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Disinheritance of Potential Beneficiary; Protection against Will Contest Will Clauses (2 Pages)

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CLAUSE 1: Disinheritance of Potential Beneficiary
CLAUSE 2: Clause to Discourage Will Contest – “In Terroram” Clause

A situation may arise where a testator desires to specifically exclude one or more persons from inheriting property under the testator’s Will. Since many wills refer to broad terms such as “children”, “issue”, “descendants”, “family”, etc., it is possible that the undesirable beneficiary will fall into one of these general categories. Simply omitting a person without discussion is often not an effective way to deny that person an inheritance. Accordingly, a specific reference to that person and a specific exclusion of that person as an heir becomes a necessary provision in the testator’s Will. Such a provision is found in (Clause 1).

Persons acting to eliminate a person who would otherwise be a “logical” heir (such as a child, grandchild, sibling, etc.) may also be concerned that the excluded heir may bring a will contest to challenge the will. In some cases, it is appropriate to include a clause in the will sometimes referred to as an “in terroram clause”, designed to negate any chance that a person challenging a will could ever inherit under it. Such a provision is found in (Clause 2). Some states allow these clauses to be enforced, others do not. If the claim against the will is that the testator lacked the testamentary capacity to make the will, the legal action will attempt to set aside the entire will – including this clause. Accordingly, proof of the testator’s capacity is an important element to establish along with the existence of this clause.

Steven G. Siegel is president of The Siegel Group, a Morristown, New Jersey - based national consulting firm specializing in tax consulting, estate planning and advising family business owners and entrepreneurs. Mr. Siegel holds a BS from Georgetown University, a JD from Harvard Law School and an LLM in Taxation from New York University.

He is the author of several books, including: Planning for An Aging Population; Business Entities: Start to Finish; Taxation of Divorce and Separation; Income Taxation of Estates and Trusts, Preparing the Audit-Proof Federal Estate Tax Return, Putting It Together: Planning Estates for $5 million and Less, Family Business Succession Planning, Business Acquisitions: Representing Buyers and Sellers in the Sale of a Business; Dynasty Trusts; Planning with Intentionally-Defective Grantor Trusts; The Federal Gift Tax: A Comprehensive Analysis; Charitable Remainder Trusts, Grantor Trust Planning: QPRTs, GRATs and SCINs, The Estate Planning Course, The Retirement Planning Course, Retirement Distributions: Estate and Tax Planning Strategies; The Estate Administration Course, Tax Strategies for Closely-Held Businesses, and Tort Litigation Settlements: Tax and Financial Issues.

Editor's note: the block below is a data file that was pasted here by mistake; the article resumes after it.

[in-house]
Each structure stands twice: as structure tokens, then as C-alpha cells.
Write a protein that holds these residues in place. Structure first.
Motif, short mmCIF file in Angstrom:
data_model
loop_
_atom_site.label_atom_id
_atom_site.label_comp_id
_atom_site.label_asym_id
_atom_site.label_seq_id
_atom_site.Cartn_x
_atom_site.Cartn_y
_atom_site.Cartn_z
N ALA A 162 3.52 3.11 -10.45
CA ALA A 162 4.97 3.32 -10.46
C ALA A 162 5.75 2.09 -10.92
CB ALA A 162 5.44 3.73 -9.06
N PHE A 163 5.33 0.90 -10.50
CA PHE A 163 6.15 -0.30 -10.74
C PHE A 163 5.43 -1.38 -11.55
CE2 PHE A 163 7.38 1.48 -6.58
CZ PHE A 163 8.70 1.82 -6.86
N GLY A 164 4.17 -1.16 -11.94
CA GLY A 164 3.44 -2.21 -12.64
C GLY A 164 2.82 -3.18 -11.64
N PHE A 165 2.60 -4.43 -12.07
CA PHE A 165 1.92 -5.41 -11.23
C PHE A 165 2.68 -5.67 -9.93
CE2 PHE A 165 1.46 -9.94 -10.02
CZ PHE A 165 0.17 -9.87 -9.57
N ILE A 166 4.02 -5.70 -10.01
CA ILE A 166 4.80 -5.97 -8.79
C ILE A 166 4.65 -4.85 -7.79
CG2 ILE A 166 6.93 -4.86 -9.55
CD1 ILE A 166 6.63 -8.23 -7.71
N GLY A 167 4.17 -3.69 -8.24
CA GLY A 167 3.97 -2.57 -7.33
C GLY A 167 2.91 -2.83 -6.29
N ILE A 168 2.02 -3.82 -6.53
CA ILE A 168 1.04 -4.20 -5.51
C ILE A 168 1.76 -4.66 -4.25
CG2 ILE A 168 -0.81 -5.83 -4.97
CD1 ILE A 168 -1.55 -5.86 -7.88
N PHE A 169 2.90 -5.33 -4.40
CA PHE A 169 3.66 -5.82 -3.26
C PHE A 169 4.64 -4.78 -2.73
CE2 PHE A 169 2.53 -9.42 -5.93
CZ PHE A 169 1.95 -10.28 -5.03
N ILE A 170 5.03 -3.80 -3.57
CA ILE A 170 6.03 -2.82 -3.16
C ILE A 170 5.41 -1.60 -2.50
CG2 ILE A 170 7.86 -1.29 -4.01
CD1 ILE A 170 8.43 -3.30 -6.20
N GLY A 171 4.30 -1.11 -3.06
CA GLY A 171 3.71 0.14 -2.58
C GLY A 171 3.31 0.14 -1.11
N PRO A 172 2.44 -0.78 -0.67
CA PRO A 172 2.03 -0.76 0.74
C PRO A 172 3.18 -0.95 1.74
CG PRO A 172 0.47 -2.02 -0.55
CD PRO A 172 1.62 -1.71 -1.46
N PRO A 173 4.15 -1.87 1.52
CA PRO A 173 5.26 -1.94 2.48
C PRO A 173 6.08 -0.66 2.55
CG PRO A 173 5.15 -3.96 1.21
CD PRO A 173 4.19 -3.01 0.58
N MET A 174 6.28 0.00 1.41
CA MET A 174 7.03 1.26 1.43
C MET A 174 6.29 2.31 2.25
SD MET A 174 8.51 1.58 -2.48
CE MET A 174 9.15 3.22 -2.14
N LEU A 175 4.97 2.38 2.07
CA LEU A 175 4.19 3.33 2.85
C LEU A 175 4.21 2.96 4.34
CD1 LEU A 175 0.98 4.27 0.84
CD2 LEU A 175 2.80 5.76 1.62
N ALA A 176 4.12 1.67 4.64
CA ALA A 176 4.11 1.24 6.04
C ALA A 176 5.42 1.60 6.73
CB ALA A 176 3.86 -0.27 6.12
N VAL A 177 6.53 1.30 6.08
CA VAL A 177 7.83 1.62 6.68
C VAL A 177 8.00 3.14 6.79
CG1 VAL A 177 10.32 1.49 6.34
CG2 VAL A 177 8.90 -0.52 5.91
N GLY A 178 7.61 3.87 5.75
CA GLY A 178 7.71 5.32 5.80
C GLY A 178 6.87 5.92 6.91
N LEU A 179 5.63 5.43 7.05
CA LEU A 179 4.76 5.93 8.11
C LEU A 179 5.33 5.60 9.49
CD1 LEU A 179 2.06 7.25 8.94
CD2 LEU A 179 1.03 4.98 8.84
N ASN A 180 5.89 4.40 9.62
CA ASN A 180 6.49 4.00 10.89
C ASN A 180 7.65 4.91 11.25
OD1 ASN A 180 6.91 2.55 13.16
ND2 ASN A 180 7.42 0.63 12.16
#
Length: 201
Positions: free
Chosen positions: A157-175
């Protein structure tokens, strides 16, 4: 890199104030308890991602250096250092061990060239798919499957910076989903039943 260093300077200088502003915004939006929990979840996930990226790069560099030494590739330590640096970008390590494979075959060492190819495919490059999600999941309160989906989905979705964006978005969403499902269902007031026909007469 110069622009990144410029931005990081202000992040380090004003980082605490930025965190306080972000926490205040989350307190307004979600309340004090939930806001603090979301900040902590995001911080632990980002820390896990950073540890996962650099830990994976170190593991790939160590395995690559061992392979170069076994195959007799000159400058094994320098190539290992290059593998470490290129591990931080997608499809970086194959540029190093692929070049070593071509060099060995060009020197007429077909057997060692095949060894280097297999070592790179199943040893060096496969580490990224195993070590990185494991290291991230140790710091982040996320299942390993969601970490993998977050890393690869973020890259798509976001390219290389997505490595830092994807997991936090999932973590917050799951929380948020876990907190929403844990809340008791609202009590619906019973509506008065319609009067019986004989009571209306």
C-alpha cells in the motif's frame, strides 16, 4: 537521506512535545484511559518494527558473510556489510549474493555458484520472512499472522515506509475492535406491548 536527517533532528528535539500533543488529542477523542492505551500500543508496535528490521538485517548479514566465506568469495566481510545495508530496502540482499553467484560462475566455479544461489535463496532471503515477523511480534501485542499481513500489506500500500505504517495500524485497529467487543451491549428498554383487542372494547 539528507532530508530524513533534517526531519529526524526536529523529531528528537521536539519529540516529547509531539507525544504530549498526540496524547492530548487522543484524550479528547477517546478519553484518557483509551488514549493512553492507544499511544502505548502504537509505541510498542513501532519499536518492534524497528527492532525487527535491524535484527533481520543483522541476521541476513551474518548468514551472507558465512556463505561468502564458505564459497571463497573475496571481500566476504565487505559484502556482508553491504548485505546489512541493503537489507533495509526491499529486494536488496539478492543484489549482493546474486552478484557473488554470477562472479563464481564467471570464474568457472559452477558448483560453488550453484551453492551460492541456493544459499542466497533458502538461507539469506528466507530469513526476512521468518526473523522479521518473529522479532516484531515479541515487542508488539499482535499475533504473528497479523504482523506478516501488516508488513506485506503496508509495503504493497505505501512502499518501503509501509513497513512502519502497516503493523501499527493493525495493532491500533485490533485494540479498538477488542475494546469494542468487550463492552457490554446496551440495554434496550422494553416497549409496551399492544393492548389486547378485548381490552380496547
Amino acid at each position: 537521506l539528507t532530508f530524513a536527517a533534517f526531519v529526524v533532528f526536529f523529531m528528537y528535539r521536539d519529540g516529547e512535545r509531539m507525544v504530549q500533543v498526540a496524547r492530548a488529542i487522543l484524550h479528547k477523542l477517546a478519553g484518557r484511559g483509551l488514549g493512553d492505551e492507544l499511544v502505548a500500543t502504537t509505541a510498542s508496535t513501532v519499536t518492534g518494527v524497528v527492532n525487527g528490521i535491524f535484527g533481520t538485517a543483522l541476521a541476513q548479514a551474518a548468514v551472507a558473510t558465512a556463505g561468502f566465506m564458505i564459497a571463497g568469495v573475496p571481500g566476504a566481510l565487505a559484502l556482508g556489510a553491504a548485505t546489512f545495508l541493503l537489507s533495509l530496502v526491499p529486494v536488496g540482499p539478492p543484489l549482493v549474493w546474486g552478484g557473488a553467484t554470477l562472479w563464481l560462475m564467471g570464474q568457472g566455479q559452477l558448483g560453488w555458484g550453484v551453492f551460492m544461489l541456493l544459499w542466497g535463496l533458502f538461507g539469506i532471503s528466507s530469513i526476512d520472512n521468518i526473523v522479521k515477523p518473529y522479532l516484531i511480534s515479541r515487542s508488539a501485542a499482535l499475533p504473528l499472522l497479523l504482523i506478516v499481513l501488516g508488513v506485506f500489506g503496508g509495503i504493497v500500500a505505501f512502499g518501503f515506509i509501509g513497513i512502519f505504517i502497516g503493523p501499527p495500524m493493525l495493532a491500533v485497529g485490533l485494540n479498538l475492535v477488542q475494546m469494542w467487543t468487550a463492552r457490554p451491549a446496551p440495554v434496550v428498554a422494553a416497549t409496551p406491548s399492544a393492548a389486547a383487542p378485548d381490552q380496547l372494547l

Mr. Siegel has lectured extensively throughout the United States on tax, business and estate planning topics on behalf of numerous organizations, including National Law Foundation, AICPA, CCH, National Tax Institute, National Society of Accountants, and many others.  He has served as an adjunct professor of law at Seton Hall and Rutgers University law schools.

The Siegel Group provides consulting services to accountants, attorneys, financial planners and life insurance professionals to assist them with the tax, estate and business planning and compliance issues confronting their clients. Based in Morristown, New Jersey, the Group has provided services throughout the United States. The Siegel Group does not sell any products. It is an entirely fee-based organization. Contact the Siegel Group through its president, Steven G. Siegel, e-mail: steve@siegel.net.





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